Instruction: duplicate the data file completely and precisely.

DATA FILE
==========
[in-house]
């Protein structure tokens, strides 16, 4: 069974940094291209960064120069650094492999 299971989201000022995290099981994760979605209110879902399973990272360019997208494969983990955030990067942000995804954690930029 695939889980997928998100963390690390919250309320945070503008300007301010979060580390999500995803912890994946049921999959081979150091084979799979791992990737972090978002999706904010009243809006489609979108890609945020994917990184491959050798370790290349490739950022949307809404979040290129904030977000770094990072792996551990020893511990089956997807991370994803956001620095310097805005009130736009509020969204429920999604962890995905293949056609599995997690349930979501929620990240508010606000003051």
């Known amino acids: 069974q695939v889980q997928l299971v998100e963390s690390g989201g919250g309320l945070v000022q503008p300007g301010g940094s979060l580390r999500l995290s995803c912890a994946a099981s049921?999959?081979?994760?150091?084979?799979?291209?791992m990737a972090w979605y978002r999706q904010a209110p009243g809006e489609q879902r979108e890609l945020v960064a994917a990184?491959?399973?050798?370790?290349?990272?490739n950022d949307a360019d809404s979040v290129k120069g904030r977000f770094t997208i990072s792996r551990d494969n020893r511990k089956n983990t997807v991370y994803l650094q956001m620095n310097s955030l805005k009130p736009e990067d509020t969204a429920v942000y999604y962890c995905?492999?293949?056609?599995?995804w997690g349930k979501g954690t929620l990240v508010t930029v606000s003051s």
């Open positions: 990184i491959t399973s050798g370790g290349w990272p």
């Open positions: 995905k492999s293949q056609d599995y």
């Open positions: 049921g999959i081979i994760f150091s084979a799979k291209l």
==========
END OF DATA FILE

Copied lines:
[in-house]
């Protein structure tokens, strides 16, 4: 069974940094291209960064120069650094492999 299971989201000022995290099981994760979605209110879902399973990272360019997208494969983990955030990067942000995804954690930029 695939889980997928998100963390690390919250309320945070503008300007301010979060580390999500995803912890994946049921999959081979150091084979799979791992990737972090978002999706904010009243809006489609979108890609945020994917990184491959050798370790290349490739950022949307809404979040290129904030977000770094990072792996551990020893511990089956997807991370994803956001620095310097805005009130736009509020969204429920999604962890995905293949056609599995997690349930979501929620990240508010606000003051």
């Known amino acids: 069974q695939v889980q997928l299971v998100e963390s690390g989201g919250g309320l945070v000022q503008p300007g301010g940094s979060l580390r999500l995290s995803c912890a994946a099981s049921?999959?081979?994760?150091?084979?799979?291209?791992m990737a972090w979605y978002r999706q904010a209110p009243g809006e489609q879902r979108e890609l945020v960064a994917a990184?491959?399973?050798?370790?290349?990272?490739n950022d949307a360019d809404s979040v290129k120069g904030r977000f770094t997208i990072s792996r551990d494969n020893r511990k089956n983990t997807v991370y994803l650094q956001m620095n310097s955030l805005k009130p736009e990067d509020t969204a429920v942000y999604y962890c995905?492999?293949?056609?599995?995804w997690g349930k979501g954690t929620l990240v508010t930029v606000s003051s």
């Open positions: 990184i491959t399973s050798g370790g290349w990272p």
């Open positions: 995905k492999s293949q056609d599995y």
């Open positions: 049921g999959i081979i994760f150091s084979a799979k291209l």